After six years of research by the Massachusetts Institute of Technology (MIT) and Amsterdam Institute for Advanced Metropolitan Solutions (AMS Institute), Roboat has officially launched independently. The project, which focused on developing autonomous navigation technology for boats for urban and inland waterways, has now transitioned into a spin-off company that will scale up the technology to waterways worldwide. With the launch of the Roboat spin-off company, we might soon see new and old boats becoming “smart” with the help of Roboat’s autonomous navigation technology.
With 165 canals winding alongside busy city streets, about a quarter of Amsterdam’s surface area is water. Initiated by AMS Institute and MIT in 2015, Roboat introduced the world to a revolutionary concept in mobility: autonomous boats for the urban environment. An idea was born to alleviate pressure from Amsterdam’s busy city center roads and re-vitalize the Amsterdam canals. Since then, the concept of autonomy on the urban waterways has grown into a worldwide opportunity to revolutionize mobility in cities with extensive waterway networks like most larger delta-based cities.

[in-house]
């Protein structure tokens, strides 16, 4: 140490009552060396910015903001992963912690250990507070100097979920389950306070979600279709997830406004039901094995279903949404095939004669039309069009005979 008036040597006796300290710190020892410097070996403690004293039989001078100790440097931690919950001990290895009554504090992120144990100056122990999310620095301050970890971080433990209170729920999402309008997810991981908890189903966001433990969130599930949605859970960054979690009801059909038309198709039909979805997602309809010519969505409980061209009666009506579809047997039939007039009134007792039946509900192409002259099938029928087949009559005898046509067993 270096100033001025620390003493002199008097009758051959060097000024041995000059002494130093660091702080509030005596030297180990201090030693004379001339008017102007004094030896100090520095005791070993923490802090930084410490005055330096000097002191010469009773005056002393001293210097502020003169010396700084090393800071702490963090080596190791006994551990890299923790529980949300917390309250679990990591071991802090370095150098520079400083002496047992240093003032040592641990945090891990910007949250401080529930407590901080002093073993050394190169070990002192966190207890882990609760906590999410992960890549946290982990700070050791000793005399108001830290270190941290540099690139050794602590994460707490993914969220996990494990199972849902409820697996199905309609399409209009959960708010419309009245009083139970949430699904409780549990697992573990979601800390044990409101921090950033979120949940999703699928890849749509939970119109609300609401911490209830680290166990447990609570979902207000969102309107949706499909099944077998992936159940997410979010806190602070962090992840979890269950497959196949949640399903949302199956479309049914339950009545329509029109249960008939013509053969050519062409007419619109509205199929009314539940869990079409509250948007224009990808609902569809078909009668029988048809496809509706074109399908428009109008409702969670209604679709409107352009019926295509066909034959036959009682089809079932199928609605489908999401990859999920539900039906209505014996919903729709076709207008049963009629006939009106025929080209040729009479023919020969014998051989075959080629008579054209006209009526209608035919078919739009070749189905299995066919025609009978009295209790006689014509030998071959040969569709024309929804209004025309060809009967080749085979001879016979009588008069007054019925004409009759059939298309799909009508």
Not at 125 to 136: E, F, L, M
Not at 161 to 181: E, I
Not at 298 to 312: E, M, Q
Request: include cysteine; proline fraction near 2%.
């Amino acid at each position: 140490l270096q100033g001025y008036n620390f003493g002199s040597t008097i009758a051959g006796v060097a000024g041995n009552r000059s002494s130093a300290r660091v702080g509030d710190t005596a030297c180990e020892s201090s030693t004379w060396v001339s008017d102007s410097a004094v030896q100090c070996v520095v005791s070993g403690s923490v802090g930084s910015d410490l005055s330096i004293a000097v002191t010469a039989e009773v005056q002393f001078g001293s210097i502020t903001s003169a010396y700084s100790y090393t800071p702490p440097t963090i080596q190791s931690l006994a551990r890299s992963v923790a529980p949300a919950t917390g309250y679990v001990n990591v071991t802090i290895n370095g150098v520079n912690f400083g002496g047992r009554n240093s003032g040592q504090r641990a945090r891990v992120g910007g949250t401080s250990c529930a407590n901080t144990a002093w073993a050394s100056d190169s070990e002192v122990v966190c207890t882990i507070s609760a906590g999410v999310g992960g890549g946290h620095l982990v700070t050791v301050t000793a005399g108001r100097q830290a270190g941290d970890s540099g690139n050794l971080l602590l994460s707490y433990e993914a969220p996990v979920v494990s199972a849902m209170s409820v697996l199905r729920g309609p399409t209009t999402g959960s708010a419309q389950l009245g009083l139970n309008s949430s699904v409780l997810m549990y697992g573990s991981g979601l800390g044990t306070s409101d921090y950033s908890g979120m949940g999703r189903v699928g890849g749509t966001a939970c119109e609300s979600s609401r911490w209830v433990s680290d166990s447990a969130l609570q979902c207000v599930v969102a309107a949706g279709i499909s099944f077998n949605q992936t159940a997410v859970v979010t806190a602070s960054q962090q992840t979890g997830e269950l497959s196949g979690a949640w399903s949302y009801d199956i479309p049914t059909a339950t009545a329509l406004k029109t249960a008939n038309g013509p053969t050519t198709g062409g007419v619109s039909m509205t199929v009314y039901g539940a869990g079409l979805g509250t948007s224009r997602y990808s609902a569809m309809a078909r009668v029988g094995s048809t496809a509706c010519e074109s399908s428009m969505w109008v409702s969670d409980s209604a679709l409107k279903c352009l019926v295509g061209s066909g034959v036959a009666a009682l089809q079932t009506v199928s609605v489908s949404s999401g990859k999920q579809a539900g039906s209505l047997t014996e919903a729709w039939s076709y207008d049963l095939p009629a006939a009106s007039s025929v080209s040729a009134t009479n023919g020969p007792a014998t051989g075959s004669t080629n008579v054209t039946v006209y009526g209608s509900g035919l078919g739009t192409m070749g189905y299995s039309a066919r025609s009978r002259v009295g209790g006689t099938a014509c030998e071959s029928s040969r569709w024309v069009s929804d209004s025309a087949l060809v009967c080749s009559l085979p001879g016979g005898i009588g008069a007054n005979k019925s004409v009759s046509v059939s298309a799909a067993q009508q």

Whereas most autonomous shipping focuses on more straightforward trajectories, Roboat technology is designed to navigate dynamic and complex urban and inland waterways, such as the Amsterdam canals, which makes Roboat technology relevant for cities and harbor areas worldwide. Combined with its ability to perform its tasks 24/7, Roboat technology can add great value to safer and more sustainable transport on the water in the city.
In 2021, Roboat technology reached the full-scale prototype stage. The team built one water taxi and one waste collection boat, which have been used to demonstrate full autonomy on the water.
The Roboat research generated a wealth of scientific knowledge on autonomous navigation, perception- and control systems. But also on use cases where Roboats could be deployed as an alternative mode of urban transportation. But Roboat went beyond academic findings as it represents a significant opportunity for urban mobility and transportation challenges in 21st-century cities, which led to collaborations with industry partners and interest from other cities.
Source: AMS Institute